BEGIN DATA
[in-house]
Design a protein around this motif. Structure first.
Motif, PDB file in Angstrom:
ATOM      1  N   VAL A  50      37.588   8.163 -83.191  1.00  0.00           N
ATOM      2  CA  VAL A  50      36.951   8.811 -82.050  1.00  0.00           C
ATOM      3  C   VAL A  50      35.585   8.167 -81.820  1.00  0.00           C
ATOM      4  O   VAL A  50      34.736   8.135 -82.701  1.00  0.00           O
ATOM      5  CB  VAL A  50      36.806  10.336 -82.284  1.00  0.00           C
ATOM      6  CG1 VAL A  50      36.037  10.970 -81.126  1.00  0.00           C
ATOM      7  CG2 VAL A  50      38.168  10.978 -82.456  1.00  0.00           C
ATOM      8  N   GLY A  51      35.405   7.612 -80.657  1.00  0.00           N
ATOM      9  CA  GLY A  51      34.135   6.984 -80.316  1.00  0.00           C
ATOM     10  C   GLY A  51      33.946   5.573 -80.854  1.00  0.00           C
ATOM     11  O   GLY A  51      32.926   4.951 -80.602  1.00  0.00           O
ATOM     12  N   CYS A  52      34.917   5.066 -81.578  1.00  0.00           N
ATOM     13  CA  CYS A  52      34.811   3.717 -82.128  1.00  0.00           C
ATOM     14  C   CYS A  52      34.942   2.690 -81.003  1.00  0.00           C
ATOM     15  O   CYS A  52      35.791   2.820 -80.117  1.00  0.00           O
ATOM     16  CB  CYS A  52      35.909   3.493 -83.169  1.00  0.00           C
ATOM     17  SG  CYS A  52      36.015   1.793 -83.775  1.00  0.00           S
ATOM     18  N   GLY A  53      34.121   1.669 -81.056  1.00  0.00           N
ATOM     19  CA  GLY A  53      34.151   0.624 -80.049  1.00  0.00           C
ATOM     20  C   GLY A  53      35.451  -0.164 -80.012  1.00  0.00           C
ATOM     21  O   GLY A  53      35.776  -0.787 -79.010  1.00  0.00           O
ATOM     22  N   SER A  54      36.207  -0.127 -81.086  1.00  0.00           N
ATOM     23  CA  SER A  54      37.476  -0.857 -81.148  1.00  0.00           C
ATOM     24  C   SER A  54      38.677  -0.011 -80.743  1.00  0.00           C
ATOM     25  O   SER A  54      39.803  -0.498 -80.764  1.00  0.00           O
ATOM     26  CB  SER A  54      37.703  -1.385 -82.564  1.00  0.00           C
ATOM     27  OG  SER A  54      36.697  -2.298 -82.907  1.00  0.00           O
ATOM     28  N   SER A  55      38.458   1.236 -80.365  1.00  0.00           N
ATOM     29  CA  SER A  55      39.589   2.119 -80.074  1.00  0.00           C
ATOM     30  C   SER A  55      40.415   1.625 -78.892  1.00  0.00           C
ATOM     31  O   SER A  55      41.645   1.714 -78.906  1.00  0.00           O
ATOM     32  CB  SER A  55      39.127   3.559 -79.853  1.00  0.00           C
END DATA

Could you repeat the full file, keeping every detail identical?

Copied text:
[in-house]
Design a protein around this motif. Structure first.
Motif, PDB file in Angstrom:
ATOM      1  N   VAL A  50      37.588   8.163 -83.191  1.00  0.00           N
ATOM      2  CA  VAL A  50      36.951   8.811 -82.050  1.00  0.00           C
ATOM      3  C   VAL A  50      35.585   8.167 -81.820  1.00  0.00           C
ATOM      4  O   VAL A  50      34.736   8.135 -82.701  1.00  0.00           O
ATOM      5  CB  VAL A  50      36.806  10.336 -82.284  1.00  0.00           C
ATOM      6  CG1 VAL A  50      36.037  10.970 -81.126  1.00  0.00           C
ATOM      7  CG2 VAL A  50      38.168  10.978 -82.456  1.00  0.00           C
ATOM      8  N   GLY A  51      35.405   7.612 -80.657  1.00  0.00           N
ATOM      9  CA  GLY A  51      34.135   6.984 -80.316  1.00  0.00           C
ATOM     10  C   GLY A  51      33.946   5.573 -80.854  1.00  0.00           C
ATOM     11  O   GLY A  51      32.926   4.951 -80.602  1.00  0.00           O
ATOM     12  N   CYS A  52      34.917   5.066 -81.578  1.00  0.00           N
ATOM     13  CA  CYS A  52      34.811   3.717 -82.128  1.00  0.00           C
ATOM     14  C   CYS A  52      34.942   2.690 -81.003  1.00  0.00           C
ATOM     15  O   CYS A  52      35.791   2.820 -80.117  1.00  0.00           O
ATOM     16  CB  CYS A  52      35.909   3.493 -83.169  1.00  0.00           C
ATOM     17  SG  CYS A  52      36.015   1.793 -83.775  1.00  0.00           S
ATOM     18  N   GLY A  53      34.121   1.669 -81.056  1.00  0.00           N
ATOM     19  CA  GLY A  53      34.151   0.624 -80.049  1.00  0.00           C
ATOM     20  C   GLY A  53      35.451  -0.164 -80.012  1.00  0.00           C
ATOM     21  O   GLY A  53      35.776  -0.787 -79.010  1.00  0.00           O
ATOM     22  N   SER A  54      36.207  -0.127 -81.086  1.00  0.00           N
ATOM     23  CA  SER A  54      37.476  -0.857 -81.148  1.00  0.00           C
ATOM     24  C   SER A  54      38.677  -0.011 -80.743  1.00  0.00           C
ATOM     25  O   SER A  54      39.803  -0.498 -80.764  1.00  0.00           O
ATOM     26  CB  SER A  54      37.703  -1.385 -82.564  1.00  0.00           C
ATOM     27  OG  SER A  54      36.697  -2.298 -82.907  1.00  0.00           O
ATOM     28  N   SER A  55      38.458   1.236 -80.365  1.00  0.00           N
ATOM     29  CA  SER A  55      39.589   2.119 -80.074  1.00  0.00           C
ATOM     30  C   SER A  55      40.415   1.625 -78.892  1.00  0.00           C
ATOM     31  O   SER A  55      41.645   1.714 -78.906  1.00  0.00           O
ATOM     32  CB  SER A  55      39.127   3.559 -79.853  1.00  0.00           C